It may also be helpful to elaborate on each service with a short description. The services is what the client is most interested in so make sure to concentrate on them individually by unbundling the details.
Always Give Options
If you present your client with a single option in your estimate then you’re turning your service into a simple “yes/no” decision. However if you give them several options, this changes the decision making process so that the client is choosing a level of service instead of whether to go with your service.
In order to make this method work well, you need to make sure to follow some basic guidelines.
- Provide options that enhance your basic service. Think of your options as Basic, Enhanced, and Premium options or Good, Better and Best. Make sure each step up in the options actually improves the service you are delivering.
- The price difference of options should be significant. You don’t want a small 10% price increase in each option. If your clients give you a budget, make one option significantly more than their budget. You should also note that if there is something you really want to sell then make it the middle option.
- Options should contain a name, price and description. Make sure each description clearly communicates what the client will get by selecting that service. Focus on aspects of interest to the client, such as the business results rather than the technical details.
Never Decrease a Fee
Clients will often say that your estimate is out of their budget. There is two reasons for this:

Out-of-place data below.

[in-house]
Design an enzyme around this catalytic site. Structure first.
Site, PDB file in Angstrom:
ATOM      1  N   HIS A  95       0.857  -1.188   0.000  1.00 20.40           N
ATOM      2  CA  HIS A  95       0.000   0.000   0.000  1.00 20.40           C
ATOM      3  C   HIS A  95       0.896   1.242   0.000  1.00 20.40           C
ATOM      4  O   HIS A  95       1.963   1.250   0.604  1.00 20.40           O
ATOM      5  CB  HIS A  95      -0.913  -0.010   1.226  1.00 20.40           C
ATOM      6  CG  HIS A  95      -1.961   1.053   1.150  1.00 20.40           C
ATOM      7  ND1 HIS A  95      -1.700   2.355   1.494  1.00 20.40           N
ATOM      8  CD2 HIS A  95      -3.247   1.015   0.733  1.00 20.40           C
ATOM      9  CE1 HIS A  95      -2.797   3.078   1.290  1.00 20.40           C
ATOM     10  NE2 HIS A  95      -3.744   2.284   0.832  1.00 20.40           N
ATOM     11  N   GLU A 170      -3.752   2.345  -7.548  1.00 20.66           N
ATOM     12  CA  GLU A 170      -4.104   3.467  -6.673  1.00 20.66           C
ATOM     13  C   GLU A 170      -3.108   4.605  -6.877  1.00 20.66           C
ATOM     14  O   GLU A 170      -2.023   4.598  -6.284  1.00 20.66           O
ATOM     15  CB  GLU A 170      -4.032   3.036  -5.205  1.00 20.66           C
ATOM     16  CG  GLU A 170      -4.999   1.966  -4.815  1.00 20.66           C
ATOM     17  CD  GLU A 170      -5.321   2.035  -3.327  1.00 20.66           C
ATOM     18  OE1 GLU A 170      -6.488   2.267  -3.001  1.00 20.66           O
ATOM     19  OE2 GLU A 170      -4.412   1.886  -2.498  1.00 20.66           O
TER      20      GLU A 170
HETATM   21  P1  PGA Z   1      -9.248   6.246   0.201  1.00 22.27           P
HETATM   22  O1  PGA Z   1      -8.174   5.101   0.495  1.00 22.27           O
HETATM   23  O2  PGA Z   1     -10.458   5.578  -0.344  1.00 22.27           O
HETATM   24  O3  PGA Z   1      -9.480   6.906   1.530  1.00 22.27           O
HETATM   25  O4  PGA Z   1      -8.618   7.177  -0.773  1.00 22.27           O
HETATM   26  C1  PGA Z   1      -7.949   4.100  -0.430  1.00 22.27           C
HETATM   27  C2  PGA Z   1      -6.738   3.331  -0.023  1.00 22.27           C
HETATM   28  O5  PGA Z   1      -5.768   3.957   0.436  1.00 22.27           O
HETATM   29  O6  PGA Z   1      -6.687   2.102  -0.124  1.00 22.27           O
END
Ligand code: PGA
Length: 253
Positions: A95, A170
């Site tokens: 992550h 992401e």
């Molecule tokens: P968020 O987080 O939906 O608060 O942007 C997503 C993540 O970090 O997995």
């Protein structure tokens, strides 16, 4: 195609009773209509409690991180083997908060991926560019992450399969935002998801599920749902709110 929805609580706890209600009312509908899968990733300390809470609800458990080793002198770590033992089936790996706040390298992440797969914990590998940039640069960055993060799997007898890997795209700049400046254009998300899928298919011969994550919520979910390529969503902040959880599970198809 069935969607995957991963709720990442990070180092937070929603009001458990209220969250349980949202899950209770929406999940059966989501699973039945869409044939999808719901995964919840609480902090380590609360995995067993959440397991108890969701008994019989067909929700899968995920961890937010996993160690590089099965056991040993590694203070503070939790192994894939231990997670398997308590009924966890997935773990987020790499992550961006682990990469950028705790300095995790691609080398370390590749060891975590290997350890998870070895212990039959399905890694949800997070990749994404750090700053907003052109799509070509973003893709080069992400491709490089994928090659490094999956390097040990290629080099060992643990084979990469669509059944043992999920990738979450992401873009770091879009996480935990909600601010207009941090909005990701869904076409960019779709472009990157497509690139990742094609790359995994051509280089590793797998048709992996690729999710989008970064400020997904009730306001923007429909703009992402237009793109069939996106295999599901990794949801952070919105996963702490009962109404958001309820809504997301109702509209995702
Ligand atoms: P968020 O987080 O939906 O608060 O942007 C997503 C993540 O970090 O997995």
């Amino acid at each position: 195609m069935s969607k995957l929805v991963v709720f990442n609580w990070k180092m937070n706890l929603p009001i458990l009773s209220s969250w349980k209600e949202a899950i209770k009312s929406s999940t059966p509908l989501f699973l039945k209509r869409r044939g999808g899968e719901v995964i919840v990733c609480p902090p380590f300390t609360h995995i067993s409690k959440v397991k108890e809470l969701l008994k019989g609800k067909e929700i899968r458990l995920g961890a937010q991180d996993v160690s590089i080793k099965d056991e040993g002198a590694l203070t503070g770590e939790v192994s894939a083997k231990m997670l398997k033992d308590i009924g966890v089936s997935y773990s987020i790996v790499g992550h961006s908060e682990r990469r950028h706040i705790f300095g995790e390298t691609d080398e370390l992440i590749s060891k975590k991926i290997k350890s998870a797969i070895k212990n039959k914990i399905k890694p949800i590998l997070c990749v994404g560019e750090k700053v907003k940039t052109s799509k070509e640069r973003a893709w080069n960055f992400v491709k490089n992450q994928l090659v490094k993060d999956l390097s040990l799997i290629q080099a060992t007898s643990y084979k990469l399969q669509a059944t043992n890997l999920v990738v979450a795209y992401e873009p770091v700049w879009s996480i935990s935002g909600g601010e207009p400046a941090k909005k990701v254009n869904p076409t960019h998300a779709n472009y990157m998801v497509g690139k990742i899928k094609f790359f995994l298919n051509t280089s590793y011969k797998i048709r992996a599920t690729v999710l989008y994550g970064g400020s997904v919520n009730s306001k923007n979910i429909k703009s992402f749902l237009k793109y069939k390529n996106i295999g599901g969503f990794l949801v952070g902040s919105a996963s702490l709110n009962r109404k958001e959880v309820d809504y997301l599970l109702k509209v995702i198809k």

- They don’t feel the service is worth the price.
- They really can’t afford your services.
If the client can’t afford what you’re offering then they simply may not be the right type of client for you. However, if the project offers other benefits you may be able to work something out as long as they have a reasonable budget.
It is tempting to give a discount in this situation but you’ll be undervaluing your work if you do so. Instead start by asking the client which service they want to remove to lower the price. NEVER decrease the price by but rather decrease the amount of value the client will receive instead.
Give Discounts the Right Way
There may be times when offering a discount makes sense to do. But just remember that you should be careful how you go about doing it. There are two important things to consider when giving a discount; Context and Presentation.
Context involves giving the right impression about what your services are worth and what client behavior you want to encourage.
If you offer a discount just because someone is a new client, you’re starting the relationship on the wrong foot. Right from the start you have devalued your time by setting a lower price.
A much better alternative is to offer a discount if they pay everything upfront. This way you’re encouraging early payment and reducing the risk of non-payments.
You can always make an offer feel like a much better deal simply by altering the wording. You can get this effect by discounting a larger percentage off something of low value rather than a lower percentage of something of high value.
A general rule of thumb is to discount something of lower value whilst making sure it’s for the right reason.
Any one of these important pricing tips for freelancers will work well by themselves but you will only really start to appreciate their benefit when you combine them together in a sensible strategy.
If you have tried any of these pricing tips for freelancers before then let us know how it worked for you! Alternatively, if there any tips we have missed then please do let us know!